Postprandial hypertriglyceridemia increases circulating levels of endothelial cell microparticles
Background: This study evaluated a possible relationship between levels of endothelial microparticles (EMPs), known to be a sensitive indicator of endothelial disturbance, and changes in postprandial lipid levels in healthy volunteers after a low- or high-fat meal.
Methods and results: Eighteen healthy subjects without known cardiovascular risk factors were evaluated. Lipid and EMP levels were measured before and 1 and 3 hours after a single low- or high-fat isocaloric meal. The low-fat meal had no significant postprandial effect on EMPs or lipids compared with fasting levels. In contrast, a single high-fat meal significantly increased EMP levels after 1 and 3 hours, from 389+/-54 (thousands per milliliter) when fasting to 541+/-139 (P=0.0002) and 677+/-159 (P<0.0001), respectively, and correlated with a postprandial elevation in serum triglycerides.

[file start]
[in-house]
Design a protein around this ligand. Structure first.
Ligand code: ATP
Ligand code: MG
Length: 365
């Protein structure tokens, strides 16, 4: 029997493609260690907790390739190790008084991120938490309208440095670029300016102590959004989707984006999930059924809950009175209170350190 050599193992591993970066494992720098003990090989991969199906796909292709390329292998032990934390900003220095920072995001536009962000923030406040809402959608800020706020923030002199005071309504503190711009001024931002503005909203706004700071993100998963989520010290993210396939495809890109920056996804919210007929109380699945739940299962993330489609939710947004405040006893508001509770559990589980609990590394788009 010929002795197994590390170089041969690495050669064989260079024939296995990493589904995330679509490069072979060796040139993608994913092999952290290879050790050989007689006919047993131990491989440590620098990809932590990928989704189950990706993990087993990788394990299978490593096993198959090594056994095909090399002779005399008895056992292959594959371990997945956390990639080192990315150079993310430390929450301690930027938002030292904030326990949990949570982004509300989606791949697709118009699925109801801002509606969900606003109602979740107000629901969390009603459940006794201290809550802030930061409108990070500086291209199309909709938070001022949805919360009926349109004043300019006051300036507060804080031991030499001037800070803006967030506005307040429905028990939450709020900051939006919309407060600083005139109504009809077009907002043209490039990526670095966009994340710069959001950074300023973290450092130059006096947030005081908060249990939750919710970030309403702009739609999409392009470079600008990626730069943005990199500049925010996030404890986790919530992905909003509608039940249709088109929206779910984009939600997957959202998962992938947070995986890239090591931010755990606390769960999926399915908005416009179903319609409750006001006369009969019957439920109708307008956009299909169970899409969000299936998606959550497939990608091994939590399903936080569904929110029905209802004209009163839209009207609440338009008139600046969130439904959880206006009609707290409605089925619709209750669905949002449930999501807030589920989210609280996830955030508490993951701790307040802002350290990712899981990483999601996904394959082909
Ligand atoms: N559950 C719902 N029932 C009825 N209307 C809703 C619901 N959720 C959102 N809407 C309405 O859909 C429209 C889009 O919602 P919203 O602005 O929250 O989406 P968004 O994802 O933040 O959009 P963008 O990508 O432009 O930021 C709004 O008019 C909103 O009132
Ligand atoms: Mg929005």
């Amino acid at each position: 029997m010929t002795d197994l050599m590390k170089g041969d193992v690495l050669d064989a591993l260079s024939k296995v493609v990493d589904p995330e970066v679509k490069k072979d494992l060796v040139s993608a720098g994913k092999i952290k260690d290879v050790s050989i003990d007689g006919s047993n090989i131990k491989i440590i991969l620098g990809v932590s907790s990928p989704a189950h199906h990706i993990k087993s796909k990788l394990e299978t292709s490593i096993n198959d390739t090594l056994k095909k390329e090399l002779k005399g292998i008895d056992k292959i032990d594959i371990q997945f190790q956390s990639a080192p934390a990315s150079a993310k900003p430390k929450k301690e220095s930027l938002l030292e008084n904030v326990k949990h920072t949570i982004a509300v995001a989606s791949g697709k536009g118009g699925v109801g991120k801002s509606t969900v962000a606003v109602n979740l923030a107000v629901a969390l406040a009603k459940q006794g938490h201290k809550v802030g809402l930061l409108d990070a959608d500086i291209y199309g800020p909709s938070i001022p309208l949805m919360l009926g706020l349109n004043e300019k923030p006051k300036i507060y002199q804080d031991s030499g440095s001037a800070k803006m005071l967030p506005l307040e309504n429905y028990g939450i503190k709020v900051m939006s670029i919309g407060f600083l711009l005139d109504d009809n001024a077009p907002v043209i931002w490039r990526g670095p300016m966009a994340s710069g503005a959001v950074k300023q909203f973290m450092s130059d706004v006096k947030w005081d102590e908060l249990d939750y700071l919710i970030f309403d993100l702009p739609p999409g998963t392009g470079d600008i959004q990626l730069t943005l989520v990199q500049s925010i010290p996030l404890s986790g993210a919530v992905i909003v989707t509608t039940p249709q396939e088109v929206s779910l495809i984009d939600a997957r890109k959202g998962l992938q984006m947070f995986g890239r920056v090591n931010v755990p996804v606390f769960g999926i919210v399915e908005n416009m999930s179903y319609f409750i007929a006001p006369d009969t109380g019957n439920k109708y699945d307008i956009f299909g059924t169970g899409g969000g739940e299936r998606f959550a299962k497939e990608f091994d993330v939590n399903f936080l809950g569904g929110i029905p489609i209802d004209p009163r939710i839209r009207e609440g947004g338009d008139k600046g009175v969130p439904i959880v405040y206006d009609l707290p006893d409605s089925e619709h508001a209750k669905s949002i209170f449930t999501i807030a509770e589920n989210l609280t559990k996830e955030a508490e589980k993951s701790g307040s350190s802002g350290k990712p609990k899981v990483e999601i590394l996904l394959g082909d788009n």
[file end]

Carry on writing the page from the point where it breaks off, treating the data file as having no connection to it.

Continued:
Conclusions: A single high-fat meal led to a significant elevation of plasma EMP levels in healthy, normolipidemic subjects and correlated with a postprandial elevation of serum triglycerides. EMPs may be an indirect marker of endothelial dysfunction or injury induced by postprandial triglyceride-rich lipoproteins.
Ferreira, A. C.,
Peter, A. A.,
Mendez, A. J.,
Jimenez, J. J.,
Mauro, L. M.,
Chirinos, J. A.,
Virani, S. S.,
Horstman, L. L.
(2004). Postprandial hypertriglyceridemia increases circulating levels of endothelial cell microparticles. Circulation, 110(23), 3599-3603.
Available at: https://ecommons.aku.edu/provost_office/313
This work was published before the author joined Aga Khan University.